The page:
Are museums going to simply waiting for visitors to come discover them? Are they happy with being “an unforgettable experience?” Museums want audiences flocking in, but what is the value offered?
Moving beyond 2020, museums must become the ideal partners – not just for educational institutions or tour providers but explore meaningful partnerships to convert their audiences into “communities”. This could mean stronger / deeper engagement with media partners, creators, scholars, brands, other venues, governmental institutions, activists or even Netflix! Museums need to now become “advocates” and not “keepers / owners” of cultural heritage. Museums must foster civic engagement & a culture of dialogue (including with other museums) with the times they function in – and strive to build networks!
3. Inclusivity, Relevance & being Open.
Inclusivity has been a hot word, but moving into 2020, this would mean that diversity must be reflected in the works that museums display, collect & in the people they work with and reach. Museums when aiming to engage with communities must also think about the “trust” factor being the core of any relationship building. Being transparent and open will become the need of the hour – give access to collections / reserve collections (online atleast!); to behind-the-scenes; to opportunities for work or volunteering in the museum!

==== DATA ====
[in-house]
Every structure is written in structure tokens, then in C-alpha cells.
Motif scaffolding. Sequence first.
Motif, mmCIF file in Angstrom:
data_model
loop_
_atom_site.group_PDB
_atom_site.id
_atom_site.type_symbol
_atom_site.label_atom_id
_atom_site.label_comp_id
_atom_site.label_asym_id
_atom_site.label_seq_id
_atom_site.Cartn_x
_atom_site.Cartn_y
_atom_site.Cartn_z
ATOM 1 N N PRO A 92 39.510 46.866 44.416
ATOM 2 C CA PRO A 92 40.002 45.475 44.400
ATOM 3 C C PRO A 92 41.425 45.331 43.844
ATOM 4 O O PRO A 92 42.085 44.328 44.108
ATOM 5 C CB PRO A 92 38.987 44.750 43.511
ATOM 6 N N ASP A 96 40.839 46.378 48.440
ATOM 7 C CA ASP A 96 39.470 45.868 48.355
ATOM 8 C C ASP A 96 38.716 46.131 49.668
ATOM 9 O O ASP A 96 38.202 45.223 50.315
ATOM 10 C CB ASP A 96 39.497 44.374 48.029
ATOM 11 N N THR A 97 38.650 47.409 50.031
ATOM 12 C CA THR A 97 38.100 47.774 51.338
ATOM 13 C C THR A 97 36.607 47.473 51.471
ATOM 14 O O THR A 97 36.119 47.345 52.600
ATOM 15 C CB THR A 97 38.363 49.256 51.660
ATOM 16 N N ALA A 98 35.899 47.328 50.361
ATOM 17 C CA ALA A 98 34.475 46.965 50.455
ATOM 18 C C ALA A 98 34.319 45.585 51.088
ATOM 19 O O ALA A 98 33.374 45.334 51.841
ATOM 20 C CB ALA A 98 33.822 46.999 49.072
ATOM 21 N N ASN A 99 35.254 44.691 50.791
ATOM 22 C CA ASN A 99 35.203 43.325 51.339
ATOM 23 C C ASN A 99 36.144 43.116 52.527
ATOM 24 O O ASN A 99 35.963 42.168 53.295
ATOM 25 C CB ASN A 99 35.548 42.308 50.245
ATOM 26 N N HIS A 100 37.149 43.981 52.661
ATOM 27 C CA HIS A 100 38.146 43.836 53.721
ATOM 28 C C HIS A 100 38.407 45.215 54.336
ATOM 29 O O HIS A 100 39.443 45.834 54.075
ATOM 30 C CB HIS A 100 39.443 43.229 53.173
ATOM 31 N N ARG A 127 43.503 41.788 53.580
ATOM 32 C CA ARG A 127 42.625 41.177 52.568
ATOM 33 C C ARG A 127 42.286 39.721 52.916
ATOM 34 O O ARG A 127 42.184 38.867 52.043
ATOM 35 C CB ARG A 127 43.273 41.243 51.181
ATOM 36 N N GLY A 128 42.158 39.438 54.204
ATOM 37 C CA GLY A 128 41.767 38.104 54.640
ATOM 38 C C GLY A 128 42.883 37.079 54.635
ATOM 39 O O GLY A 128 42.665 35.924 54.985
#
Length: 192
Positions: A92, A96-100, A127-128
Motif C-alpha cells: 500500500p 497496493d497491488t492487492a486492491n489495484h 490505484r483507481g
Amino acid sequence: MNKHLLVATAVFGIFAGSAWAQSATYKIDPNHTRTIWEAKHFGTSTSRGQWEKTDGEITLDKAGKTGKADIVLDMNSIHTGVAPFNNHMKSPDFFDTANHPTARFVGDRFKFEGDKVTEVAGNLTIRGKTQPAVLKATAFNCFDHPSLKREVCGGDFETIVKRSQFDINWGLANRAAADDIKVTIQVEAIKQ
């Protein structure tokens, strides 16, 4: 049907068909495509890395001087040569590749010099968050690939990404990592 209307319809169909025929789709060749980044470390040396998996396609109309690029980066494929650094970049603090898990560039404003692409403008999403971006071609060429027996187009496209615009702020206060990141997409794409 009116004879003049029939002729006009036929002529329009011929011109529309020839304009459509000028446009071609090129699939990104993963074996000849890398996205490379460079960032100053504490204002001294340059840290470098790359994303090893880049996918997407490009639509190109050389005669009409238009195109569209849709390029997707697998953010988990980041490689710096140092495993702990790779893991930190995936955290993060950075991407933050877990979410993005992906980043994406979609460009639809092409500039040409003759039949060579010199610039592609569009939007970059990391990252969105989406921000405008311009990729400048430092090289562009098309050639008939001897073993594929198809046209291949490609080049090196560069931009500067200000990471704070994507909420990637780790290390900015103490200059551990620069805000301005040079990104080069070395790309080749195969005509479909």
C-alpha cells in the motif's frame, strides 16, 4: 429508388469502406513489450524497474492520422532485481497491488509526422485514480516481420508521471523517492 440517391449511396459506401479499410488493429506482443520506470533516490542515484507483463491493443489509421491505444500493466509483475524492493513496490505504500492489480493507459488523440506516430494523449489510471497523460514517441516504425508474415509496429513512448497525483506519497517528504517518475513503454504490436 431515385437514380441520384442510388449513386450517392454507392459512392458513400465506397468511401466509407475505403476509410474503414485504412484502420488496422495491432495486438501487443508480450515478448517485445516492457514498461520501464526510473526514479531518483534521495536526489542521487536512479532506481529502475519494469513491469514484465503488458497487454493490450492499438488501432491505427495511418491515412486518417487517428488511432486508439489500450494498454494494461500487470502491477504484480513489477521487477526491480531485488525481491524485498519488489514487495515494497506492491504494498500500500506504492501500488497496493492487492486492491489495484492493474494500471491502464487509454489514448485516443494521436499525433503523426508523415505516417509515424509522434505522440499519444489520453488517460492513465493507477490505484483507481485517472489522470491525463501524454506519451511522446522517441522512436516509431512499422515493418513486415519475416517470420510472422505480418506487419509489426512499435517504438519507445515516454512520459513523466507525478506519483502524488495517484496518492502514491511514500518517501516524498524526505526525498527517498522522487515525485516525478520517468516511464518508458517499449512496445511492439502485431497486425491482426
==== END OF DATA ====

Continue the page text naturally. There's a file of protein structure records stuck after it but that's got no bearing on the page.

4. Creative Economy
In the next decade, generation of knowledge through creative innovation will be foremost – and that’s a huge opportunity for museums. Whether it is the EU or US / UK – institutions around the world are acknowledging the importance of the culture and creative sector as employers & wealth generators. Can museums enable creative innovation? Yes, absolutely! A project like CodingDaVinci can do wonders : but that would need opening up museum collections, supporting technology and developing a mindset that requires museums to rethink revenue models, budgets and basically just embrace their environment.
The Museum in 2030
Three days into 2020, it is difficult to see what a museum in 2030 might look like. What we can be certain about is that technology will have a bigger role to play, the rules of audience engagement will undergo a change and museums will need to bare their souls open and thrive on what they’re best at : providing knowledge.